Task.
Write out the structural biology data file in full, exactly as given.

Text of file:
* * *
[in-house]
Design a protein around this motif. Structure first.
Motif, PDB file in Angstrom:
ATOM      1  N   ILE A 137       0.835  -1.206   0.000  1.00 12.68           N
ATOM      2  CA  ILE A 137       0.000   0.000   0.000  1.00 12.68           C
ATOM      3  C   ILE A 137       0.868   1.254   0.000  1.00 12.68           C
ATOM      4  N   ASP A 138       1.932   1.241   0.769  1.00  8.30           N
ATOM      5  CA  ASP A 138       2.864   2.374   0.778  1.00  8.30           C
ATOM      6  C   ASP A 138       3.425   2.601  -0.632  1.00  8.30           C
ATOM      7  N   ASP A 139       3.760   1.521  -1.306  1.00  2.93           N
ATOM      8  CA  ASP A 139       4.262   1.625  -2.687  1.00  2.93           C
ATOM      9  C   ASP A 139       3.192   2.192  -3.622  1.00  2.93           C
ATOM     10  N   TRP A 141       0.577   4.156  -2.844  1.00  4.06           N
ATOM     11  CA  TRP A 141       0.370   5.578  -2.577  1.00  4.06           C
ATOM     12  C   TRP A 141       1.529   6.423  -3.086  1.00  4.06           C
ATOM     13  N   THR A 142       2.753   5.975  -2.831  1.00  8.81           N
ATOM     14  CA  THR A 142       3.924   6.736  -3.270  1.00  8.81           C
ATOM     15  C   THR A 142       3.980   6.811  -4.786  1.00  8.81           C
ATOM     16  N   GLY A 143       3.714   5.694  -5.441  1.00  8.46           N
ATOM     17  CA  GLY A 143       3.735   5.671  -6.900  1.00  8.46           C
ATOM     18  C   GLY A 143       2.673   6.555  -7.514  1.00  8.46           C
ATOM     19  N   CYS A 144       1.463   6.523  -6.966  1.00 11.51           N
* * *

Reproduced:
[in-house]
Design a protein around this motif. Structure first.
Motif, PDB file in Angstrom:
ATOM      1  N   ILE A 137       0.835  -1.206   0.000  1.00 12.68           N
ATOM      2  CA  ILE A 137       0.000   0.000   0.000  1.00 12.68           C
ATOM      3  C   ILE A 137       0.868   1.254   0.000  1.00 12.68           C
ATOM      4  N   ASP A 138       1.932   1.241   0.769  1.00  8.30           N
ATOM      5  CA  ASP A 138       2.864   2.374   0.778  1.00  8.30           C
ATOM      6  C   ASP A 138       3.425   2.601  -0.632  1.00  8.30           C
ATOM      7  N   ASP A 139       3.760   1.521  -1.306  1.00  2.93           N
ATOM      8  CA  ASP A 139       4.262   1.625  -2.687  1.00  2.93           C
ATOM      9  C   ASP A 139       3.192   2.192  -3.622  1.00  2.93           C
ATOM     10  N   TRP A 141       0.577   4.156  -2.844  1.00  4.06           N
ATOM     11  CA  TRP A 141       0.370   5.578  -2.577  1.00  4.06           C
ATOM     12  C   TRP A 141       1.529   6.423  -3.086  1.00  4.06           C
ATOM     13  N   THR A 142       2.753   5.975  -2.831  1.00  8.81           N
ATOM     14  CA  THR A 142       3.924   6.736  -3.270  1.00  8.81           C
ATOM     15  C   THR A 142       3.980   6.811  -4.786  1.00  8.81           C
ATOM     16  N   GLY A 143       3.714   5.694  -5.441  1.00  8.46           N
ATOM     17  CA  GLY A 143       3.735   5.671  -6.900  1.00  8.46           C
ATOM     18  C   GLY A 143       2.673   6.555  -7.514  1.00  8.46           C
ATOM     19  N   CYS A 144       1.463   6.523  -6.966  1.00 11.51           N